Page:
(c). Krushya (also spelled as Krishya) - Stretch hand to the right(Waving the right palm from the above left to the right)
(d). Padmini - Turn hand, palm downwards
(e). Visarjita - Waving the hand outwards turning the Palm upwards
(f). Vikshiptham - Closing the fingers and bringing the hand towards Self
(g) Pathaka - Raise hand with hand upwards
(h). Patitta - Bring the hand downwards(back to horizontal position)
These varieties of tala are used in Folk dances called "Koothu Natanam".
Except Druvaka, all the 7 kriyas from Sarpini to Pathitham (Also spelled as Patita) do not produce any sound (nisabda kriyas) and so they are also known as "Baava Samignya Talas". These do not have practical relevance now. These are explained only for the purpose of preservation of ancient works on talas.

4. Anga: Anga is nothing but practical application of perceptible tala mentioned in the category "kaalam" that is, from Nimisham to Kaakapatham. Angam means "limb" or "Parts" of Tala. These limbs or parts constitute a Tala. Angams ( also spelled as Angas) are basically six. See the table below.
or Anudruta
(Crescent Moon)
A beat(Dhruvaka)
DrutaFull Moon Mathi (Full Moon)One beat and a turn of hand
(Dhruvakam and Visarjita)
LaghulKanaiBeat (Druvaka) followed by
counting fingers according
to different units of jaathi
GuruSVillu(Bow)A Beat (Dhruvakam)and
Pathitham each followed by
counting fingers according to Jaathi
AravamA beat (Dhruvakam),Sarpini
and Krishya each followed by
counting fingers according to
different units of Jaathi.
Kaakapaadham +PulladiSarpini, Krishya, Pataka, Pathitham
each followed by counting fingers
according to different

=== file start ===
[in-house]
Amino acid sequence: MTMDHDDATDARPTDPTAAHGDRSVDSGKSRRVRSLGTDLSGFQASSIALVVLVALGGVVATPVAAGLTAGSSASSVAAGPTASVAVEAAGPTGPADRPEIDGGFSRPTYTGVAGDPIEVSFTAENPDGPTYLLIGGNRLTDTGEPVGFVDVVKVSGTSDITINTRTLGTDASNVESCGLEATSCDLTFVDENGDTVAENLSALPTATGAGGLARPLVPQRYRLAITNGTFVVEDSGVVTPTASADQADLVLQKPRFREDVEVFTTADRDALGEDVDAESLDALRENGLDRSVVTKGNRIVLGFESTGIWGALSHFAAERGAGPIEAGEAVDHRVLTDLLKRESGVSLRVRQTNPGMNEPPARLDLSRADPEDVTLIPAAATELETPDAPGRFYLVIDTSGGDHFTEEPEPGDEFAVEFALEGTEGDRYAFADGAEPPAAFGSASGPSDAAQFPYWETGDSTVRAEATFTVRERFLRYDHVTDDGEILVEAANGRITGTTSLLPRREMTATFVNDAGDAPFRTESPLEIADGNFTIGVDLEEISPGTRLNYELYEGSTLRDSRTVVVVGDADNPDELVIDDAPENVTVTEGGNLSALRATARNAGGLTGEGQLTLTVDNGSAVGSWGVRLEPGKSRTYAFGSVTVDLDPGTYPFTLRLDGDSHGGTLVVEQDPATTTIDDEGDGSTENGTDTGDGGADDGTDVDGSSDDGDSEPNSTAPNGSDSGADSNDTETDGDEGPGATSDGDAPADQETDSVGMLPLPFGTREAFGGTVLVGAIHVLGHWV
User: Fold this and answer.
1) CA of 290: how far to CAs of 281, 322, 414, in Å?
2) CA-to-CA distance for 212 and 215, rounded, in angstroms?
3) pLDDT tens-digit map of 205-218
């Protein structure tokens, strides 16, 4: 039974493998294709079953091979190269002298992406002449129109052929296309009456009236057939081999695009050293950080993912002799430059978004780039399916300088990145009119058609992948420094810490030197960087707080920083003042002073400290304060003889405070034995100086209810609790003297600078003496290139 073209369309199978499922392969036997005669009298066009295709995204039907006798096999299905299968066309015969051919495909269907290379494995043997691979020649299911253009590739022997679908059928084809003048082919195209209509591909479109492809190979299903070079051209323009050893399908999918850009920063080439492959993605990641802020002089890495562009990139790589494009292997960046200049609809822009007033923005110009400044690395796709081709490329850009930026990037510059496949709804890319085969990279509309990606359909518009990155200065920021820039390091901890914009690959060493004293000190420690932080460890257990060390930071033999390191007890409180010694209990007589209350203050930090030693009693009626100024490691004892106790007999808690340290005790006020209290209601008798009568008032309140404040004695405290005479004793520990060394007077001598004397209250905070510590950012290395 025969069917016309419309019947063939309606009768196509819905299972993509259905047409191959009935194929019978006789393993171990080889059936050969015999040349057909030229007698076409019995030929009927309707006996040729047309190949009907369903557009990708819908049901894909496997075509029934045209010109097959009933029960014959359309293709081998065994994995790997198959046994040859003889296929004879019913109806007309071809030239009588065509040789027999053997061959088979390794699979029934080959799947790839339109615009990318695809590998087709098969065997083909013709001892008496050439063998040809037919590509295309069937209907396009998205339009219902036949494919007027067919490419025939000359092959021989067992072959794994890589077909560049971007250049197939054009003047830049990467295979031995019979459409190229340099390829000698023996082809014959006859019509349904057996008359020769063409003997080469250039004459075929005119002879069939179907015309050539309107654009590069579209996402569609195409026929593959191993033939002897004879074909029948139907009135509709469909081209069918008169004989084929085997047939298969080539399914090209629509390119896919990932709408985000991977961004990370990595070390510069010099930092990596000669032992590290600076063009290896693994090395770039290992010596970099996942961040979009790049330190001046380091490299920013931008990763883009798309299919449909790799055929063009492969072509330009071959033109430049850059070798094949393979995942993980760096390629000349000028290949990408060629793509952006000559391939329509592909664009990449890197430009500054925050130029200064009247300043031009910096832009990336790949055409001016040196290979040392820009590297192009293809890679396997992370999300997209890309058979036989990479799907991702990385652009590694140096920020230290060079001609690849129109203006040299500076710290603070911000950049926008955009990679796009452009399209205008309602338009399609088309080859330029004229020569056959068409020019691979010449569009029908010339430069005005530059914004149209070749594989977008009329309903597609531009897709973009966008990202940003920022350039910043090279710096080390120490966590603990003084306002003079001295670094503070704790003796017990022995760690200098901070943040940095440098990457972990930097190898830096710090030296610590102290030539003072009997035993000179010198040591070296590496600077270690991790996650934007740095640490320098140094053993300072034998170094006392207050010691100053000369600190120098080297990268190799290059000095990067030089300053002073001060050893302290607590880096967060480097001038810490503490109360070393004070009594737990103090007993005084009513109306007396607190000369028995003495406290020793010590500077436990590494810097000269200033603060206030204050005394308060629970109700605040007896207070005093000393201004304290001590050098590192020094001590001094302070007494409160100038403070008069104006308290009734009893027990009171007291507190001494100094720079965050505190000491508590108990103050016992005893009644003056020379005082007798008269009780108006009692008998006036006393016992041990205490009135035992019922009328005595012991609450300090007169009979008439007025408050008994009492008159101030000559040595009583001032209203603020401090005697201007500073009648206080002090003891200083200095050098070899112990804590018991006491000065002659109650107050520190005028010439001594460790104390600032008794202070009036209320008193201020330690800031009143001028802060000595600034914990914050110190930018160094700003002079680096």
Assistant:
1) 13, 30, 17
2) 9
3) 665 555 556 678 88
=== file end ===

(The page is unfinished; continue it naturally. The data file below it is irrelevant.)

units of Jaathi.
Kaakapaadham is rendered
without sound (NiSabda Anga)

Note that, only the first three Angas are used in "Suladi Sapta Talas" (Commonly known as "Sapta Talas") Combinations totaling 35 Talas, read topic "Saptha Talas". The other Angas namely Guru, Pluta and kakapata are used in talas known as "108 Talas" and other complicated talas that include "Simhanadhana Tala" which is the longest tala having 128 Aksharas. The first 5 Talas of 108 talas are known as "Maarga Talas" and also known as"Pancha Talas". The remaining 103 talas are known as "Desi Talas". There are 72 Melakartha Talas other than these talas. There were numerous combinations and varieties of talas in ancient days. All these talas have become obsolete and only Sapta Tala with jaathis combinations that give rise to 35 talas and Ghathi Bedha of 35 talas that give rise to 175 talas are in vogue today. Other talas are listed in this site just for the purpose of demonstration. There are other talas known as "Nava Talas", "Nava Saandhi Talas", "Abboorva Talas". The "Chanda Talas" are used in "Thiruppugazh" and the specialty of this tala is that, the talas are made to fit the lyrics, rhyme and stress of the song. In other words, the lyrics and rhyme are given importance which form different talas. Sage Arunagirinadhar is believed to have composed over 16000 songs and only 1365 songs have so far been traced. Coming back to Angam, let us see the combinations of Angams as listed in the table below.
The 6 Angams (shown in the table above) in combination with themselves give rise to 10 Angams, totaling to 16 Angams.The Ten Angas are shown, just for the purpose of history and demonstration. According to Talaprastara and its rules, it is said that these 10 Angas should not be rendered at all as tala. The other ten Angams are tabled below.
Ten Angas Chart
Ten AngasExplanationAksharas
1Dhrutha Viraama
Anudhrutham and Dhrutham
2Laghu Viraama
Anudhrutham and Laghu
3Laghu Dhrutha
Dhrutham and Laghu
4Lagu Dhrutha Viraama
Anudhrutham,Dhrutham and laghu
5Guru viraama
Anudhrutham and Guru
6Guru Dhrutha
Dhrutham and Guru
7Guru Dhrutha Viraama
Anudhrutham,Dhrutham and Guru
8Plutha Viraama
Anudhrutham and Plutham
9Plutha Dhrutha
Dhrutham and Plutham
10Plutha Dhrutha Viraama
Anudhrutham, Dhrutham and Plutham

The Aksharas shown in the last column for the last 9 angas, is in accordance with "chatusra lagu". The total aksharas vary with the other kinds of laghus.
Please Note: Technical name Viraama is also spelled as "Viraamam". Alternate spelling is "Viramam". There are two rhythmical forms in the universe. 1. The rhythmical forms which could be rendered. 2. The rhythmical forms which should not be rendered. This is based on Talaprastara and its rules. For example, Talas like 7 Talas giving rise to 35 and 175 Talas and Simhanandana tala can be rendered. Talas like 72 Melakartha Talas and Sharabhanandana Talas with Samyuktangas should not be rendered.